Both parties can enjoy what is in the big gift box

While the city has received help from Beijing, its contribution should not be forgotten

PUBLISHED : Monday, 25 March, 2013, 12:00am
UPDATED : Monday, 25 March, 2013, 6:55am

Discourse may matter in the dynamic between Hong Kong and the mainland. At Premier Li Keqiang's maiden press conference on March 17, Phoenix Satellite Television host Tiger Hu Yihu likened the 36 measures to boost economic ties between Hong Kong and the mainland, announced by Li during his visit to the city in 2011, to a "big gift box".

Hu, the only Hong Kong-based journalist to have the chance to put the question to the newly-elected premier, raised some eyebrows when he went on to ask what "gift" the central government would give Hong Kong in future.

The message behind Li's reply went largely unnoticed, even among political commentators. The premier said Hu's description of the economy-boosting measures to a "big gift box" was "very vivid".

Li went on to say "one has to take the goods in the gift box out one by one in order to make good and full use of them".

Li's predecessor, Wen Jiabao had refused to compare the central government's measures to boost cross-border economic ties to a "gift". After overseeing the signing of the Closer Economic Partnership Agreement (Cepa) at Government House in Hong Kong in June 2003, Wen said: "Some people described Cepa as a 'big gift'. But in my opinion, the genuine 'big gift' is the unswerving determination of the new leadership to implement 'one country, two systems, Hong Kong people ruling Hong Kong and the high degree of autonomy".

Wen repeated the message in 2004.

The central government has introduced a series of measures to help revitalise, or "prop up" in the eyes of some mainlanders, Hong Kong's economy since the Sars outbreak in 2003.

Some mainlanders, who are unhappy with the central government granting favours to Hong Kong in the past decade, dub Hongkongers as a group of people waiting for endless goodies from Beijing.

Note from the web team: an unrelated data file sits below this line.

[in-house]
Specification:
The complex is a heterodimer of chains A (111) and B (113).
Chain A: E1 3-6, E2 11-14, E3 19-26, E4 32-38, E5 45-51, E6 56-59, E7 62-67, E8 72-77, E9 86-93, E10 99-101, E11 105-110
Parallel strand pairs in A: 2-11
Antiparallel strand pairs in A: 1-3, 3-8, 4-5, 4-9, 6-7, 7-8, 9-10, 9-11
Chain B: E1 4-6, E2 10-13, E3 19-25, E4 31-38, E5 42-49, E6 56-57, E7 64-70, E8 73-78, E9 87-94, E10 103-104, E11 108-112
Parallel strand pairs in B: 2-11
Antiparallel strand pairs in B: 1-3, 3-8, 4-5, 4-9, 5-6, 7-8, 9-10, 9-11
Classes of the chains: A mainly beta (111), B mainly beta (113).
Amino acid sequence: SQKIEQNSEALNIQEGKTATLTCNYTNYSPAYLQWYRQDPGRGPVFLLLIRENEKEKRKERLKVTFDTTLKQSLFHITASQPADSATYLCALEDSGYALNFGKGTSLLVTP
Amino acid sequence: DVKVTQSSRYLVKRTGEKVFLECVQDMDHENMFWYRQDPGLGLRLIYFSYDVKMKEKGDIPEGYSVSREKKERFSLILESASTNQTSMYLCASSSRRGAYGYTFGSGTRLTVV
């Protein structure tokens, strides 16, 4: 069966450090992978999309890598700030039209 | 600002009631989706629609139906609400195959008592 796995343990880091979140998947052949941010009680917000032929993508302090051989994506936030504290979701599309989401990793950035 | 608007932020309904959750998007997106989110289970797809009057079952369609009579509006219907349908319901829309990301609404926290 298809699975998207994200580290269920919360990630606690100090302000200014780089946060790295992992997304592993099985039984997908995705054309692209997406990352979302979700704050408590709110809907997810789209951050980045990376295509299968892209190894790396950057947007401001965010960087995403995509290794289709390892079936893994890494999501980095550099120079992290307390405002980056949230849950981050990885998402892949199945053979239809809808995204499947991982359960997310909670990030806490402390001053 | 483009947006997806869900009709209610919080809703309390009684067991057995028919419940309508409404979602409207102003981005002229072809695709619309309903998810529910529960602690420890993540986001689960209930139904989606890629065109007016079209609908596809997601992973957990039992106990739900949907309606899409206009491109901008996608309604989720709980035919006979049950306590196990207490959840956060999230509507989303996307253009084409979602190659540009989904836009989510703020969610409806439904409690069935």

The controversial question raised by Hu and Li's reply struck a nerve as the last thing many Hongkongers want is to be viewed as going cap in hand to the mainland authorities.

The subtle change in discourse marked by Li's response might reinforce the perception of some mainlanders that Hong Kong people are begging for favours from the mainland.

It speaks volumes to the importance of stepping up "internal diplomacy", or what Chief Executive Leung Chun-ying called "homeland relationship".

While the share of Hong Kong's investment on the mainland does not compare with the early phase of the mainland's reform and opening-up process, Hong Kong's contribution to the country's modernisation, particularly its service industry, in recent years and the years ahead should not be easily forgotten.

Wrapping up his five-day visit to Beijing on Wednesday, Leung stressed that he made it clear to mainland officials that the relationship between Hong Kong and the mainland must involve mutual gains and he hoped Hong Kong could contribute to the nation's development.

Leung said earlier that Beijing's measures to boost Hong Kong's economy are having a wider impact - helping the entire country to modernise.


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